Evaluation framework DiD – differences in responsiveness of LG before and after the introduction of the index in the control site is calculated, and then subtracted from the differences in the responsiveness of the LG officials before and after the introduction of the index in the treatment sites
Desirable changes in the delivery of public service Desirable changesCoefficientZ-statistic Treatment x Pilot period 10.222***4.341 Treatment x Pilot period 20.101**2.392 Treatment x Pilot period 1 & 20.148***3.419 Desirable changesCSO/NGO partnersLGU partners CoefficientZ-statisticCoefficientZ-statistic Treatment x Pilot period 10.115**2.1080.285***3.092 Treatment x Pilot period 2 0.056 1.1570.133**2.369 Treatment x Pilot period 1 & 20.0551.0980.198***3.74 *** p<0.01, **p<0.05, * p<0.10
Mayor’s responsiveness to complaints Mayor's responsiveness to complaintsCoefficientZ-statistic Treatment x Pilot period 10.111**2.201 Treatment x Pilot period 2-0.07-1.424 Treatment x Pilot period 1 & 20.0290.67 Mayor's responsiveness to complaintsCSO/NGO partnersLGU partners CoefficientZ-statisticCoefficientZ-statistic Treatment x Pilot period 10.0020.0330.182**2.326 Treatment x Pilot period 2-0.205***-3.6490.0380.668 Treatment x Pilot period 1 & 2-0.089**-1.9020.115**2.232 *** p<0.01, **p<0.05, * p<0.10
Responsiveness of local officials CoefficientZ-statistic Mayor Treatment x Pilot period 10.0330.661 Treatment x Pilot period 2-0.098**-2.067 Treatment x Pilot period 1 & 2-0.026-0.611 Vice Mayor Treatment x Pilot period 10.0370.859 Treatment x Pilot period 2-0.002-0.045 Treatment x Pilot period 1 & 20.0140.339 Municipal councilors Treatment x Pilot period 10.0591.298 Treatment x Pilot period 2 -0.046 -0.978 Treatment x Pilot period 1 & 20.0080.189 Barangay councilors Treatment x Pilot period 10.174***3.488 Treatment x Pilot period 20.071.361 Treatment x Pilot period 1 & 20.129***3.108 Barangay captain Treatment x Pilot period 10.113**2.345 Treatment x Pilot period 2-0.011-0.303 Treatment x Pilot period 1 & 20.061.532 *** p<0.01, **p<0.05, * p<0.10
Responsiveness of officials Responsiveness of local officialsCSO/NGO partnersLGU partners CoefficientZ-statisticCoefficientZ-statistic Mayor Treatment x Pilot period 1-0.066-1.2210.106*1.472 Treatment x Pilot period 2-0.170***-3.018-0.004-0.1 Treatment x Pilot period 1 & 2-0.115**-2.4260.0480.915 Vice Mayor Treatment x Pilot period 1-0.008-0.1470.081.263 Treatment x Pilot period 2-0.05-0.9040.0661.195 Treatment x Pilot period 1 & 2-0.032-0.6640.0460.912 Municipal councilors Treatment x Pilot period 1-0.004-0.080.126*1.908 Treatment x Pilot period 2 -0.071 -1.3030.0290.544 Treatment x Pilot period 1 & 2-0.038-0.7870.0480.94 Barangay councilors Treatment x Pilot period 10.0651.3040.258***2.969 Treatment x Pilot period 20.0190.4630.198***3.444 Treatment x Pilot period 1 & 20.0350.870.200***3.827 Barangay captain Treatment x Pilot period 10.0090.1750.171*1.847 Treatment x Pilot period 2-0.049-1.0990.11.956 Treatment x Pilot period 1 & 2-0.017-0.4340.112**2.333 *** p<0.01, **p<0.05, * p<0.10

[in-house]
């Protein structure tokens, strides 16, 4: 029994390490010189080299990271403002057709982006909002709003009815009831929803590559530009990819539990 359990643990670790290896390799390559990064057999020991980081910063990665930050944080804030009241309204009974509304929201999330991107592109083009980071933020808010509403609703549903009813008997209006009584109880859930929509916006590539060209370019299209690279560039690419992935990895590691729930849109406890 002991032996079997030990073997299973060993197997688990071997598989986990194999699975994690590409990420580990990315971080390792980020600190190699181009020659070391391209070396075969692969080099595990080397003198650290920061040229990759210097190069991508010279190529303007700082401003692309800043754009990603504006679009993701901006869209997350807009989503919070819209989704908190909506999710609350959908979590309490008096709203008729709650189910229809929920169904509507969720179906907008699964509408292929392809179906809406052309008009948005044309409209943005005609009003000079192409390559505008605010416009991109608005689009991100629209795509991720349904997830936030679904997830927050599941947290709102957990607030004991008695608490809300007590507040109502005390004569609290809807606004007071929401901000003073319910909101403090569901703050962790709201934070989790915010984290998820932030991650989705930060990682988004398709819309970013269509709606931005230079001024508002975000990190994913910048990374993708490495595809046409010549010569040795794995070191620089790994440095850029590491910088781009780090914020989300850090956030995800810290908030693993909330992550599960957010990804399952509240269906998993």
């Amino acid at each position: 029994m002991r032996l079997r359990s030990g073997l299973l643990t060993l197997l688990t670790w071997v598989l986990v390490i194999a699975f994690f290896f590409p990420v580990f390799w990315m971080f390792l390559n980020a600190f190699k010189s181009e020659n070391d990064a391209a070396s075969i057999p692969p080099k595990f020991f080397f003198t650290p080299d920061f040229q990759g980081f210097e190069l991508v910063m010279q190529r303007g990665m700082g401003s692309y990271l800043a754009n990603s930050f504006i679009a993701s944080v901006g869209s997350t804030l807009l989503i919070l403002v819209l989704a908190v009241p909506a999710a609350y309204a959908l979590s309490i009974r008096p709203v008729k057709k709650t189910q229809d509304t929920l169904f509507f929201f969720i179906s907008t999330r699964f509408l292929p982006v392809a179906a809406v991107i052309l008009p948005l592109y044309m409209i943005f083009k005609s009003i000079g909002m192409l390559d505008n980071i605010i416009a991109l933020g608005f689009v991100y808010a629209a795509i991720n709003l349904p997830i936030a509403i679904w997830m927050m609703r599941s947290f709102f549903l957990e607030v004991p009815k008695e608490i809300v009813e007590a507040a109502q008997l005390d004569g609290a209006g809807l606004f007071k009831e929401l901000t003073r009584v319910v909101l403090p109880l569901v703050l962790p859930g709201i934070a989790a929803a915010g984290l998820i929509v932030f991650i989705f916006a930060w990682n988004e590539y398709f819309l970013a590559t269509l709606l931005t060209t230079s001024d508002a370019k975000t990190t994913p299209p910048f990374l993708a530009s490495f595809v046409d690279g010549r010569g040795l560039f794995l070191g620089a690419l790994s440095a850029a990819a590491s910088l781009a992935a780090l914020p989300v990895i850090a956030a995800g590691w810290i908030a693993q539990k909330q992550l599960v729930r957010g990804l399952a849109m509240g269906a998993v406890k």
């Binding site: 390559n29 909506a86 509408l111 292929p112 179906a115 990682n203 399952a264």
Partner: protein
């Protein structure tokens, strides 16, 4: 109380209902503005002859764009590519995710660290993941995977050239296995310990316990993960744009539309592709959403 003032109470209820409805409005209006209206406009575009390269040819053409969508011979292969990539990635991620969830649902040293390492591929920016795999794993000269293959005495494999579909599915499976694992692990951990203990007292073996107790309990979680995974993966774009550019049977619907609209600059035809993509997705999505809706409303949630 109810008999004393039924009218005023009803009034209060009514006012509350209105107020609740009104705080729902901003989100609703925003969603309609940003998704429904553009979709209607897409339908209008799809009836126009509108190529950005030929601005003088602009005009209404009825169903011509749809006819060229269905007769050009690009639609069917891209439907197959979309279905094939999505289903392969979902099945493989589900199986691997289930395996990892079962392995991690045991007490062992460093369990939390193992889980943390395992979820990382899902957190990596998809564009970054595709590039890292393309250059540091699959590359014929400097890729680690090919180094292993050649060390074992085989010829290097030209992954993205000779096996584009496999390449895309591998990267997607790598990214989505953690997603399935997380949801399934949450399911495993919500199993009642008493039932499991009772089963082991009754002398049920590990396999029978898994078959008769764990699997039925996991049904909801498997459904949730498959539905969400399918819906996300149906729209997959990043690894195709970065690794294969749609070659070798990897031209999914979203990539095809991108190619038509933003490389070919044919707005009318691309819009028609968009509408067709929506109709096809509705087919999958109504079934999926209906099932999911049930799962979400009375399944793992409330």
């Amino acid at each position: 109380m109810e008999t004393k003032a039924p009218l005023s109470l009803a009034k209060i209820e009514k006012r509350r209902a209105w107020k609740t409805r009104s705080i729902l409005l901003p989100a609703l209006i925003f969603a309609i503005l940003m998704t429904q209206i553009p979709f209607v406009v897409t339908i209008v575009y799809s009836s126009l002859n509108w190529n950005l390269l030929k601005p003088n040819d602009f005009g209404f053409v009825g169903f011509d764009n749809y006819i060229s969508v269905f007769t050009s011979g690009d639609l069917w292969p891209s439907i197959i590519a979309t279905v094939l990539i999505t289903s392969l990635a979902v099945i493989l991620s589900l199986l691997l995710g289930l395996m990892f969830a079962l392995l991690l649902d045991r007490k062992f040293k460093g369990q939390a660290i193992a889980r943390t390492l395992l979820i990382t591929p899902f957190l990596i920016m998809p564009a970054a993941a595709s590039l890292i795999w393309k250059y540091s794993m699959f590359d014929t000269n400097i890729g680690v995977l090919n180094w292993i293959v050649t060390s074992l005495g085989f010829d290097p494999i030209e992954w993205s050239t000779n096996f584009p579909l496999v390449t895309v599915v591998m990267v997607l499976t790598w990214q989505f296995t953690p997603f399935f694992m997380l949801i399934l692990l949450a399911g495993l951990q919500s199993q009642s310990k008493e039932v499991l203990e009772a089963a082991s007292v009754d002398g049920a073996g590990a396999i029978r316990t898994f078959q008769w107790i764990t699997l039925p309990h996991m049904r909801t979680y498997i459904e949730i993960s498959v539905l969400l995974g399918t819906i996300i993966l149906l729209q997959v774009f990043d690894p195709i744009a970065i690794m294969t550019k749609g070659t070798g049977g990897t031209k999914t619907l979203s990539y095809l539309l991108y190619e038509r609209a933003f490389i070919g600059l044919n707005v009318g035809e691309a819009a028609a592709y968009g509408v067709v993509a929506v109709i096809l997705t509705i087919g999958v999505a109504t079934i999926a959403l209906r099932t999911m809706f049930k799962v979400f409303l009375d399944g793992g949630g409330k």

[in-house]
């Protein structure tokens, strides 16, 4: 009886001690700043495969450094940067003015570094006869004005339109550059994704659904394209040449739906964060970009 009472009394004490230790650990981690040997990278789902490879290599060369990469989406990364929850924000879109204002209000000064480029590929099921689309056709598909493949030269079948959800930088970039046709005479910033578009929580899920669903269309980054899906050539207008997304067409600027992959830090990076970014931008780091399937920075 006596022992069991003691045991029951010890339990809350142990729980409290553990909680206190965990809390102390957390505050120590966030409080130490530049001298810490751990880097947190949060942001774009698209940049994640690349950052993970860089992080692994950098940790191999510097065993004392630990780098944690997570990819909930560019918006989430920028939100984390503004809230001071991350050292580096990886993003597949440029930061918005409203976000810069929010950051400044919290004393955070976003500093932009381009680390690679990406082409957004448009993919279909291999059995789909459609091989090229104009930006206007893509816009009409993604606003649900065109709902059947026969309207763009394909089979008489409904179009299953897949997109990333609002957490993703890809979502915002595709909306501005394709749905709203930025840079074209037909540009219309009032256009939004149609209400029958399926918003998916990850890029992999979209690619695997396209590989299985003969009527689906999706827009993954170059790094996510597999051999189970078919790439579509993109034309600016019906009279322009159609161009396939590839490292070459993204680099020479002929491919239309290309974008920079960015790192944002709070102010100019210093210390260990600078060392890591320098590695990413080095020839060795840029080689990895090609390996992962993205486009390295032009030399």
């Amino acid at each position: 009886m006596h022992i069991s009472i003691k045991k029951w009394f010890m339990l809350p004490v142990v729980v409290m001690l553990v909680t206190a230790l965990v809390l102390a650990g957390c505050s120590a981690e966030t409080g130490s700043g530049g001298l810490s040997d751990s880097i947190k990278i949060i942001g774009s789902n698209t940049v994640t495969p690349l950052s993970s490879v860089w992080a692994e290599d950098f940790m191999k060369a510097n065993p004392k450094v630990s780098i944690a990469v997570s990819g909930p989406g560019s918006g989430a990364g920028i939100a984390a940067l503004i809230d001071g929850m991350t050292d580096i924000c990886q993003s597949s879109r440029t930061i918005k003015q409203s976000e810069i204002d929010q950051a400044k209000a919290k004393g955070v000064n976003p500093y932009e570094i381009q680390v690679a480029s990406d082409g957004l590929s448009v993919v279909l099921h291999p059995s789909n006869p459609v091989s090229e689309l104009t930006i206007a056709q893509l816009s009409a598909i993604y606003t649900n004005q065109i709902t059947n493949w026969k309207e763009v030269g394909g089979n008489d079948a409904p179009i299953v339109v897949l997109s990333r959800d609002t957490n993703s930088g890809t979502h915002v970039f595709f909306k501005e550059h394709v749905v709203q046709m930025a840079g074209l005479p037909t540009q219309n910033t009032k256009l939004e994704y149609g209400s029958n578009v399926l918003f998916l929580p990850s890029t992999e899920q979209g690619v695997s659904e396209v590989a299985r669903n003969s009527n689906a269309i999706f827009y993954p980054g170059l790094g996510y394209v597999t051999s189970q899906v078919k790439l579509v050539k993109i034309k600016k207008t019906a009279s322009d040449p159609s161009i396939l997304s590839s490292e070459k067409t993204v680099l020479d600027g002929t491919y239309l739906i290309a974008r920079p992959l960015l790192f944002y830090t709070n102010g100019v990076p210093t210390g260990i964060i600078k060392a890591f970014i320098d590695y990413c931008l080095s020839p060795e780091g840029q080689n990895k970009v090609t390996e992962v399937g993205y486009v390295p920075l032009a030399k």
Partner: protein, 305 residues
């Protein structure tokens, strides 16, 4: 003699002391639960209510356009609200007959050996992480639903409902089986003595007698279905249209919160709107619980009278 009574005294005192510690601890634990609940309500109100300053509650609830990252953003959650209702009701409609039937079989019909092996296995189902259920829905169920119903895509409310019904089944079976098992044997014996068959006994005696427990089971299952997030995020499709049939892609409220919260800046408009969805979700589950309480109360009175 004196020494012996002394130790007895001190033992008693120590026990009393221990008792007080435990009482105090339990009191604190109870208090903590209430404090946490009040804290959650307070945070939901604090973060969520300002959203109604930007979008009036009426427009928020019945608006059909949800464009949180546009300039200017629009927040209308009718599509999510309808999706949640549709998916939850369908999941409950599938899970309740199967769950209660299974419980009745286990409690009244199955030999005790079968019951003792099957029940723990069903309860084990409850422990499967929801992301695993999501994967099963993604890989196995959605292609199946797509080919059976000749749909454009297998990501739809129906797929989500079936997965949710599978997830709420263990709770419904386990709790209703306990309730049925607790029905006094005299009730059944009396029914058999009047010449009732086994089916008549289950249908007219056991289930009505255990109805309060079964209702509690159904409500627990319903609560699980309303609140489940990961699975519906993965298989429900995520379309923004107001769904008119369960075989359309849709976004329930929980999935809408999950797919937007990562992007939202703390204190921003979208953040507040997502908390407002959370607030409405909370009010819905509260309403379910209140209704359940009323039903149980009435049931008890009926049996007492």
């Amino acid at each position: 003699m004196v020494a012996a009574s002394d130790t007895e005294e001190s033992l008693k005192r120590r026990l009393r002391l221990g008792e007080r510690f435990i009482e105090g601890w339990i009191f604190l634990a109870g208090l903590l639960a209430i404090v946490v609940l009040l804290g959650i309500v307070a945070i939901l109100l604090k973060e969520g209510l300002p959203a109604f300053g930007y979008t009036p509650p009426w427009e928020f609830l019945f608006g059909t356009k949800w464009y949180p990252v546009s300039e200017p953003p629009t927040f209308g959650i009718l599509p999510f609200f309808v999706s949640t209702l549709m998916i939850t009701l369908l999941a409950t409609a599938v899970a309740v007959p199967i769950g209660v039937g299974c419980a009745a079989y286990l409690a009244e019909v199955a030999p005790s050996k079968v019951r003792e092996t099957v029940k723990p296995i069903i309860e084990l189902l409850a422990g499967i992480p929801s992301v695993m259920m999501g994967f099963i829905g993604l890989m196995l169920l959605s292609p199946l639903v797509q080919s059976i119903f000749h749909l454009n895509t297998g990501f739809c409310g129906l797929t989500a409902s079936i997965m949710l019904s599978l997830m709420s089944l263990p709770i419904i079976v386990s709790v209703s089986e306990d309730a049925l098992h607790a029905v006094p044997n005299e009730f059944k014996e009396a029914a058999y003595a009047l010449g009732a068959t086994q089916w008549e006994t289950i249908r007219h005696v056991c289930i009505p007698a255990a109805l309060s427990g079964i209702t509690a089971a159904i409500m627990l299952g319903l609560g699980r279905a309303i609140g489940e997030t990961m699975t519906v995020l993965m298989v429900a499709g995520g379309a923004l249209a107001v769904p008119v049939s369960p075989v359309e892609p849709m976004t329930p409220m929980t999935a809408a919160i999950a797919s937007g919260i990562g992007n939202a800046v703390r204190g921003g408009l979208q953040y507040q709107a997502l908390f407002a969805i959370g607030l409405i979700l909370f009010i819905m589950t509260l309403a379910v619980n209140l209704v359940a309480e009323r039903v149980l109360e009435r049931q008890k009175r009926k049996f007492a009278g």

Conclusion (1) Overall, the result shows that the index has increased the probability of improving delivery of public service. Mayor’s responsiveness to complaints appeared short-lived The effect of the index on local officials’ probability of being responsive is mixed. Municipal officials tend to be less responsive than their village counterpart.
Conclusion (2) Impact of index on improved public service delivery is strongest if disseminated by LGs Positive effect on responsiveness if the LGs made the announcement and negative effects if the announcement is made by CSO/NGOs. The effectiveness of the index may depend on the characteristic of the local partner.
Implications in the design of performance rating systems An effective accountability mechanism is a performance benchmarking system Rating or assessment matters. Has to be simple to be understood by an average resident Designating the announcement of scores to local NGO/CSO should be proceeded with care The presence of a neutral body can help lend credibility if scores are generated by LGs Perhaps the best solution in carrying out a local scorecard would be a partnership between LG units and CSO/NGO.